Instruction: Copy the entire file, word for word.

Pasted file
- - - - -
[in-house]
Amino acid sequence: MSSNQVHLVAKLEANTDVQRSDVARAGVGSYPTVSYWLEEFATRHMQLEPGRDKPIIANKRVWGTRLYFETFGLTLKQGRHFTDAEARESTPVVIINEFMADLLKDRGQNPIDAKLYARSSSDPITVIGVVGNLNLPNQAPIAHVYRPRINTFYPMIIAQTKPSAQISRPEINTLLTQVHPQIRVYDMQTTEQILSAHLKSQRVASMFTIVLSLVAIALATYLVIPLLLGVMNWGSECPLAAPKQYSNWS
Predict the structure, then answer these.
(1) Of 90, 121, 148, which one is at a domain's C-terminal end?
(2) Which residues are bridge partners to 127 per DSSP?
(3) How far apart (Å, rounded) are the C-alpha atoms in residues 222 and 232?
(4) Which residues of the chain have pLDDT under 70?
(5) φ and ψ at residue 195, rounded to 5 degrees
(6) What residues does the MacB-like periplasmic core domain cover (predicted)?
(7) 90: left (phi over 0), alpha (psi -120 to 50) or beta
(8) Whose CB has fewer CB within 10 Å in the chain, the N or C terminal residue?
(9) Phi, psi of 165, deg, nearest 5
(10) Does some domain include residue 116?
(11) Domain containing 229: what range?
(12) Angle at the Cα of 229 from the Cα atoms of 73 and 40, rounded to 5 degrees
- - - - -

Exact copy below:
[in-house]
Amino acid sequence: MSSNQVHLVAKLEANTDVQRSDVARAGVGSYPTVSYWLEEFATRHMQLEPGRDKPIIANKRVWGTRLYFETFGLTLKQGRHFTDAEARESTPVVIINEFMADLLKDRGQNPIDAKLYARSSSDPITVIGVVGNLNLPNQAPIAHVYRPRINTFYPMIIAQTKPSAQISRPEINTLLTQVHPQIRVYDMQTTEQILSAHLKSQRVASMFTIVLSLVAIALATYLVIPLLLGVMNWGSECPLAAPKQYSNWS
Predict the structure, then answer these.
(1) Of 90, 121, 148, which one is at a domain's C-terminal end?
(2) Which residues are bridge partners to 127 per DSSP?
(3) How far apart (Å, rounded) are the C-alpha atoms in residues 222 and 232?
(4) Which residues of the chain have pLDDT under 70?
(5) φ and ψ at residue 195, rounded to 5 degrees
(6) What residues does the MacB-like periplasmic core domain cover (predicted)?
(7) 90: left (phi over 0), alpha (psi -120 to 50) or beta
(8) Whose CB has fewer CB within 10 Å in the chain, the N or C terminal residue?
(9) Phi, psi of 165, deg, nearest 5
(10) Does some domain include residue 116?
(11) Domain containing 229: what range?
(12) Angle at the Cα of 229 from the Cα atoms of 73 and 40, rounded to 5 degrees